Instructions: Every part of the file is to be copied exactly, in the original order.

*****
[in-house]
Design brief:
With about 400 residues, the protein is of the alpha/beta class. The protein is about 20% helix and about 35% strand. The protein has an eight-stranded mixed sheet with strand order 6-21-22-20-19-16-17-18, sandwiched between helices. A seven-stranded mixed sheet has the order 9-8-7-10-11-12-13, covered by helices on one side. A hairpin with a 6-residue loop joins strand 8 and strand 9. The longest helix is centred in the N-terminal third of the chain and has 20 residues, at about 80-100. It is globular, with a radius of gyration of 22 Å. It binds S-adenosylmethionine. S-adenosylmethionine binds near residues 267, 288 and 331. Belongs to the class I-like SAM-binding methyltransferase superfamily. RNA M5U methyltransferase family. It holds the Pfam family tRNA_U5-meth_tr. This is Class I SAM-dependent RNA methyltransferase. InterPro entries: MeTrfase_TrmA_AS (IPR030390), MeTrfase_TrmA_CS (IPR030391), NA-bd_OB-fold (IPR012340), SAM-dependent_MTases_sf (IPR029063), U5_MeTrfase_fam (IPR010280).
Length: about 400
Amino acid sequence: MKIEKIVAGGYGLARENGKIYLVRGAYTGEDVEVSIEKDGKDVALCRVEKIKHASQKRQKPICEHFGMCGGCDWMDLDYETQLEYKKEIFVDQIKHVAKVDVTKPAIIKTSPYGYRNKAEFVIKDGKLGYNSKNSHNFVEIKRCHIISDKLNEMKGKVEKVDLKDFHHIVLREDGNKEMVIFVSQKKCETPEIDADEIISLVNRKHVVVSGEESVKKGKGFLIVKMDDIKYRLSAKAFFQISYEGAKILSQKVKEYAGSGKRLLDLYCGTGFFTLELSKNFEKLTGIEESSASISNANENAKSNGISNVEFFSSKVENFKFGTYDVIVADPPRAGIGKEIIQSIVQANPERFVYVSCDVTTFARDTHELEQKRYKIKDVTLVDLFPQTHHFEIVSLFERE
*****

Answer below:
[in-house]
Design brief:
With about 400 residues, the protein is of the alpha/beta class. The protein is about 20% helix and about 35% strand. The protein has an eight-stranded mixed sheet with strand order 6-21-22-20-19-16-17-18, sandwiched between helices. A seven-stranded mixed sheet has the order 9-8-7-10-11-12-13, covered by helices on one side. A hairpin with a 6-residue loop joins strand 8 and strand 9. The longest helix is centred in the N-terminal third of the chain and has 20 residues, at about 80-100. It is globular, with a radius of gyration of 22 Å. It binds S-adenosylmethionine. S-adenosylmethionine binds near residues 267, 288 and 331. Belongs to the class I-like SAM-binding methyltransferase superfamily. RNA M5U methyltransferase family. It holds the Pfam family tRNA_U5-meth_tr. This is Class I SAM-dependent RNA methyltransferase. InterPro entries: MeTrfase_TrmA_AS (IPR030390), MeTrfase_TrmA_CS (IPR030391), NA-bd_OB-fold (IPR012340), SAM-dependent_MTases_sf (IPR029063), U5_MeTrfase_fam (IPR010280).
Length: about 400
Amino acid sequence: MKIEKIVAGGYGLARENGKIYLVRGAYTGEDVEVSIEKDGKDVALCRVEKIKHASQKRQKPICEHFGMCGGCDWMDLDYETQLEYKKEIFVDQIKHVAKVDVTKPAIIKTSPYGYRNKAEFVIKDGKLGYNSKNSHNFVEIKRCHIISDKLNEMKGKVEKVDLKDFHHIVLREDGNKEMVIFVSQKKCETPEIDADEIISLVNRKHVVVSGEESVKKGKGFLIVKMDDIKYRLSAKAFFQISYEGAKILSQKVKEYAGSGKRLLDLYCGTGFFTLELSKNFEKLTGIEESSASISNANENAKSNGISNVEFFSSKVENFKFGTYDVIVADPPRAGIGKEIIQSIVQANPERFVYVSCDVTTFARDTHELEQKRYKIKDVTLVDLFPQTHHFEIVSLFERE